Comparative and international criminal justice
Run by School of History, Philosophy and Social Sciences
20.000 Credits or 10.000 ECTS Credits
Organiser: Dr Bethan Loftus
Overall aims and purpose
Comparative and International Criminal Justice, offers critical reflection on the practice of studying criminal justice agencies and institutions comparatively. In analysing national, comparative, and international research on the police, the criminal courts and the penal system, students will be alerted to the numerous issues that influence the practice and experience of criminal justice and, in turn, research of criminal justice, including the method, the location, politics and ethics, as well as the relations and interactions between the researcher and the researched. The module will also considers some general issues relating to 'ordinary' victims of crime in national and international criminal justice systems.
28/01/21 Lecture One: What is Comparative Criminal Justice? 04/02/21 Lecture Two: Theoretical Tools to Understand Criminal Justice 11/02/21 Lecture Three: Criminal Justice: International Overview 18/02/21 Lecture Four: Professional and Lay Judges 25/02/21 Lecture Five: Alternatives to Courts/Alternatives in Courts Reading Week 11/03/21 Lecture Six: Penal Policy and Punishment 18/03/21 Lecture Seven: Victims and Victimisation 25/03/21 Lecture Eight: The Purpose of Criminal Justice Easter Break 22/04/21 Lecture Nine: Forms of International Criminal Justice 29/04/21 Lecture Ten: Restorative Justice and Truth Commissions 6/05/21 Last week: Questions and answers
Students should be able to describe, evaluate and analyse the substantive topic/s and present written work that is generally comprehensible and focuses on the question asked; they should show a basic understanding of comparative research and its limitations.
Excellent students should be able to engage in critical analysis of a wide and complex range of material and summarise the arguments with accuracy; relate an understanding of key concepts to perspectives within and beyond the discipline of criminology and criminal justice; excellent students should present work of a high level of accuracy and fluency, and shows an excellent understanding of comparative research and its limitations.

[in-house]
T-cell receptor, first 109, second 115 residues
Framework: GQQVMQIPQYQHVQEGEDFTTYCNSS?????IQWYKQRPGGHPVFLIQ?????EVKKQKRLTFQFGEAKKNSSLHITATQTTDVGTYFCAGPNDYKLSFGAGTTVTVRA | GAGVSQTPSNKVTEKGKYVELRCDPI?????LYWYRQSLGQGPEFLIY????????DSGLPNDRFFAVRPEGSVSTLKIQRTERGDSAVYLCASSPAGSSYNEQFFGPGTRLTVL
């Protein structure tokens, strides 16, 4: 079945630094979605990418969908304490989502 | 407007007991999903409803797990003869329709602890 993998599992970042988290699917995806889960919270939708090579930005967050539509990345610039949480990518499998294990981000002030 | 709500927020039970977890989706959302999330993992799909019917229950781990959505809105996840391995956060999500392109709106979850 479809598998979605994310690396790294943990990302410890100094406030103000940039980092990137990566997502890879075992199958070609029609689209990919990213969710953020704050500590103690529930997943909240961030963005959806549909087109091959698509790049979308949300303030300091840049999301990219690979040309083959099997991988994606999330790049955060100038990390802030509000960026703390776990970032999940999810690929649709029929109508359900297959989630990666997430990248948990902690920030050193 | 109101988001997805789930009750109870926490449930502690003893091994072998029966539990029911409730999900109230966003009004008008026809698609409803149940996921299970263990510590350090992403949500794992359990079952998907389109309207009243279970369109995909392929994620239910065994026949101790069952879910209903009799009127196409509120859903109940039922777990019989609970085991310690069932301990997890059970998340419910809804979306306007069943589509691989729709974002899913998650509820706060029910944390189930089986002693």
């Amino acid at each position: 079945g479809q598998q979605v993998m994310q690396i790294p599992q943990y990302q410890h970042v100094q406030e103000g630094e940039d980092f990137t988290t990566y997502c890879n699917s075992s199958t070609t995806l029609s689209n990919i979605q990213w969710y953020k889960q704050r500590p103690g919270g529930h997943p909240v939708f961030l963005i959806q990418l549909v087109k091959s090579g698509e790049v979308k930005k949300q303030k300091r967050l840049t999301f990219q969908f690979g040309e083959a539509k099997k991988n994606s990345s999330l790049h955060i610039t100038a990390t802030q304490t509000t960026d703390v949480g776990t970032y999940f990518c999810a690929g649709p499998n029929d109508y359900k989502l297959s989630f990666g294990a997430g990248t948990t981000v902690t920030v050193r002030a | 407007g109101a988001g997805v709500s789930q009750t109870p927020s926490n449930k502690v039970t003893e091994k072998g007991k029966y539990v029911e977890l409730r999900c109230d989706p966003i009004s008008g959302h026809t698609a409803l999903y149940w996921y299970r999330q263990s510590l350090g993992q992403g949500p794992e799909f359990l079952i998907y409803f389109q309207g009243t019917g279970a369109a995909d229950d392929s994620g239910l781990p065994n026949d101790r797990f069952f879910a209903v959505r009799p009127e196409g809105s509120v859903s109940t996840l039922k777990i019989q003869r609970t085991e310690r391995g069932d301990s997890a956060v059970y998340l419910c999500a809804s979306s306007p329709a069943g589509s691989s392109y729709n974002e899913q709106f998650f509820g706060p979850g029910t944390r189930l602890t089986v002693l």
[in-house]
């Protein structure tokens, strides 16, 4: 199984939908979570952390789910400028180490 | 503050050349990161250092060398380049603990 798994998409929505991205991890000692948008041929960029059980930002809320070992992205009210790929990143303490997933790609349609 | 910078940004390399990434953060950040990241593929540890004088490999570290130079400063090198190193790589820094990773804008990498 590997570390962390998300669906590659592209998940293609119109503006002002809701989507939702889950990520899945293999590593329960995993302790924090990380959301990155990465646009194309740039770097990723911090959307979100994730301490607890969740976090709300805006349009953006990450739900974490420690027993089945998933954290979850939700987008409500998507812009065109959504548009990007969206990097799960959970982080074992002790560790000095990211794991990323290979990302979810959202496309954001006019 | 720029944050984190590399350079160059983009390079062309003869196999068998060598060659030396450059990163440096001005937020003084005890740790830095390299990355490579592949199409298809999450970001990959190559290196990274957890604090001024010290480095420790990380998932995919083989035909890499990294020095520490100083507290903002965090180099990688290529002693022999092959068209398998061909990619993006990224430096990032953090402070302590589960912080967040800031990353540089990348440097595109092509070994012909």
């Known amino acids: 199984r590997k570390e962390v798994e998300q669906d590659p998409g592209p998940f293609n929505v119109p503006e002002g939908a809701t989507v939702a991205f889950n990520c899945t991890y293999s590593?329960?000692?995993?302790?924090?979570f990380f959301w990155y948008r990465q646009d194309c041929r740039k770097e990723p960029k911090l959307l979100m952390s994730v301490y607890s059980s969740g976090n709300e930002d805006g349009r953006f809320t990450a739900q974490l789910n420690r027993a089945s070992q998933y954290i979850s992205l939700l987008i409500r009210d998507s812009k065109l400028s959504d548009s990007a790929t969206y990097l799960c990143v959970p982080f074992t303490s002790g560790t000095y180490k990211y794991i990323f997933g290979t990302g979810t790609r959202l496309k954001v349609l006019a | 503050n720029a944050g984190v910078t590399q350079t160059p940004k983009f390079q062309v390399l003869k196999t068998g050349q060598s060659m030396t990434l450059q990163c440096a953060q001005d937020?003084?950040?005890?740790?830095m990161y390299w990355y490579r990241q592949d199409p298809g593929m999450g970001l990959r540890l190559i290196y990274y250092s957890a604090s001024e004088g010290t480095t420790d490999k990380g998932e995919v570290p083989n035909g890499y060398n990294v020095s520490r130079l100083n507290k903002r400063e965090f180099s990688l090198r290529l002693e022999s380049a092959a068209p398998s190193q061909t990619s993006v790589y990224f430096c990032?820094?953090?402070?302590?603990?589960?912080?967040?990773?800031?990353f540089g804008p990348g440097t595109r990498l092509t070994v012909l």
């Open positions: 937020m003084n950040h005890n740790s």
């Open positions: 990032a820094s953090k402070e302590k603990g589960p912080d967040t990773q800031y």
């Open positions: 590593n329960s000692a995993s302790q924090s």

Good students should be able to explain with accuracy and critically discuss the appropriate theoretical and empirical issues of the substantive topic/s and locate these within a wider political context; good students should show evidence of consulting a range of complex material and a good understanding of comparative research and its limitations.
Gain a systematic and critical understanding of comparative research and its limitations.
Gain a systematic and critical understanding of different national and cultural practices in relation to sentencing and penal policy.
Gain a systematic and critical understanding of different prosecution and court practices in different nations.
Gain a systematic and critical understanding of forms of international criminal justice with an emphasis on the practices of, and debates surrounding, the International Criminal Court.
Gain a systematic and critical understanding of the impact of victimology on contemporary forms of criminal justice.
Teaching and Learning Strategy
Lecture/workshop, 1x 2hours for 12 weeks.
- Literacy - Proficiency in reading and writing through a variety of media
- Numeracy - Proficiency in using numbers at appropriate levels of accuracy
- Computer Literacy - Proficiency in using a varied range of computer software